Drawing Geological Structures (Geological Field Guide) Summary ½ 102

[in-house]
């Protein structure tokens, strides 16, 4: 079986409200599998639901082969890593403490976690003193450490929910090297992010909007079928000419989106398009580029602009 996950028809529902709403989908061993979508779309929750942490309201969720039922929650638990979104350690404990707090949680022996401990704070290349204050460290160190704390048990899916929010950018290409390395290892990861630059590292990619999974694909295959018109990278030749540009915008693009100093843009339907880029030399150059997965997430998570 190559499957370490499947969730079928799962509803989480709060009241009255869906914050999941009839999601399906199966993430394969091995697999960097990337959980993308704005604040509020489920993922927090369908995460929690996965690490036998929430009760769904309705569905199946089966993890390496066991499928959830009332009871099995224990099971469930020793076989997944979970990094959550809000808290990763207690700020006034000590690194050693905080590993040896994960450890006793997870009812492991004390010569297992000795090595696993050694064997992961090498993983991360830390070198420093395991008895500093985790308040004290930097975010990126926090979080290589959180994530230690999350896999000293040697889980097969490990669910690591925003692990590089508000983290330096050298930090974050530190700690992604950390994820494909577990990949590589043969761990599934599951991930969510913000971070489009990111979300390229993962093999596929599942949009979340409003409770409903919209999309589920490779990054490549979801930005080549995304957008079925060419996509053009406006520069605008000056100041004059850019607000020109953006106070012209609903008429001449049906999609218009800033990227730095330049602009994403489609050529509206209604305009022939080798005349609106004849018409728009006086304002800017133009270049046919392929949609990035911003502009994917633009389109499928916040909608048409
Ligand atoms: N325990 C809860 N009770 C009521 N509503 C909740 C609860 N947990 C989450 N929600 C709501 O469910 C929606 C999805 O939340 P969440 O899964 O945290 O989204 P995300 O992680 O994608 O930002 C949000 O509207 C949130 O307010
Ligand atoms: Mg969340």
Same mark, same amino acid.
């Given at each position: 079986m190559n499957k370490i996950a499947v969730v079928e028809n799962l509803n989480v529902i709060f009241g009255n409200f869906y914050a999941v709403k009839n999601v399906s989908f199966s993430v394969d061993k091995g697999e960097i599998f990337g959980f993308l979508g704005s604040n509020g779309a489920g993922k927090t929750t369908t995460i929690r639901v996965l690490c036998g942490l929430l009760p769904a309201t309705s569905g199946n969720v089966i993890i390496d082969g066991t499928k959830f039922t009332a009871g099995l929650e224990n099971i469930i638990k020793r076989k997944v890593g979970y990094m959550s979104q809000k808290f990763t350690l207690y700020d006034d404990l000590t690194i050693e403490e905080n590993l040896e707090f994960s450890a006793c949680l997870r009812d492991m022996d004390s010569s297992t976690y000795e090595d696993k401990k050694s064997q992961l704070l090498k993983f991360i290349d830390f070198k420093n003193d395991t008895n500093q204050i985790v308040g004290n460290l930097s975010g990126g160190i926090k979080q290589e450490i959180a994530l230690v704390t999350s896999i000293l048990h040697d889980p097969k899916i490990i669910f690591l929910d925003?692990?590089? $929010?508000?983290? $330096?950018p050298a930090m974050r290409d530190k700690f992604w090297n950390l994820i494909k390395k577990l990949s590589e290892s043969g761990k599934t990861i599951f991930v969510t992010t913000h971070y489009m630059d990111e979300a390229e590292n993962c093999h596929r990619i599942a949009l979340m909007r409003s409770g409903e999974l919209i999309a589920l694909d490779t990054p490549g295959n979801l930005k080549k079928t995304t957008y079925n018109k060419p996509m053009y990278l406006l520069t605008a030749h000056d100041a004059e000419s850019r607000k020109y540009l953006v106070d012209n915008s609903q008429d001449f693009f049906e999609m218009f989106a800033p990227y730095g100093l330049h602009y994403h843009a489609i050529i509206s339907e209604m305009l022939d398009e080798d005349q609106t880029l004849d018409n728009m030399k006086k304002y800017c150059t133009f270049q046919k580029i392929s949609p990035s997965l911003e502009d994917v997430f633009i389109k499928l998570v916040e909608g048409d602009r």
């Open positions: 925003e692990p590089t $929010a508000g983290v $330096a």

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Drawing Geological Structures (Geological Field Guide) Summary ½ 102 Ë ➫ Drawing Geological Structures (Geological Field Guide) Read ➳ Author Join or create book clubs – Dcmdirect.co.uk Despite the modern dominance of computer graphics programs and digital cameras the ability todraw geologicalObservational ability and contributes to the understanding of geological structures and structure forming processes Geological drawing is assisted scientific thinkingDrawing Geological Structures provides undergraduate as well Drawing Geological Kindle as graduate and practicing geologists with a thorough step by step practical guide to the art of geological drawing Beginning with the basics. Currently going to school for geologypaleontology and this book is a huge help